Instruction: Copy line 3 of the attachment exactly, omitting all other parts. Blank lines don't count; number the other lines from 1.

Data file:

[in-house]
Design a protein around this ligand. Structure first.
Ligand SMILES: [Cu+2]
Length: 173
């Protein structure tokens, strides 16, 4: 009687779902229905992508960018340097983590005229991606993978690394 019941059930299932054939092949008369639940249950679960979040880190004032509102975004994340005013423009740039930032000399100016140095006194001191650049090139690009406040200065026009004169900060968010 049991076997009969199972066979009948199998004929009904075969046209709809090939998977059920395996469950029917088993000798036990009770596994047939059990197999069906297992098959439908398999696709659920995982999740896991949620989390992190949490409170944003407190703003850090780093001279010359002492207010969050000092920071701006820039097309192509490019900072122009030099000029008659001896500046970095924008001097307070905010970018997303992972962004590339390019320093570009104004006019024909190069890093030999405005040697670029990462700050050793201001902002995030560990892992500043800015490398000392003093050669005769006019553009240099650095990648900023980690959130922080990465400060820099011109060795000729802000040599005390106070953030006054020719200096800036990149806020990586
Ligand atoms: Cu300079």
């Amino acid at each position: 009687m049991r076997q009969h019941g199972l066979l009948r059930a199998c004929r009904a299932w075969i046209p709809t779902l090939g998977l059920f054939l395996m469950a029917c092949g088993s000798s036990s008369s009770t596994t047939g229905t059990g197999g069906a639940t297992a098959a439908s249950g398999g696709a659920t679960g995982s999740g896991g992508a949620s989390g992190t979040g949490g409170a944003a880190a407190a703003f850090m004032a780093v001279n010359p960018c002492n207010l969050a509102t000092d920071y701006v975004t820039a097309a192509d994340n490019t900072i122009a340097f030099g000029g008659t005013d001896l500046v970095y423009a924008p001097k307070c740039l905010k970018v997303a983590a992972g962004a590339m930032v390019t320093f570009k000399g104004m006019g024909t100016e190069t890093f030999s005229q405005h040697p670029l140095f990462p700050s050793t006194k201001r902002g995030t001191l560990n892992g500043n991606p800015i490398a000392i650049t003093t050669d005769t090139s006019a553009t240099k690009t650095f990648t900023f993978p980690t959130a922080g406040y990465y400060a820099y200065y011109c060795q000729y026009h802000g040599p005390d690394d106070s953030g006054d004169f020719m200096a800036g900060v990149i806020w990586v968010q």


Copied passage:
Ligand SMILES: [Cu+2]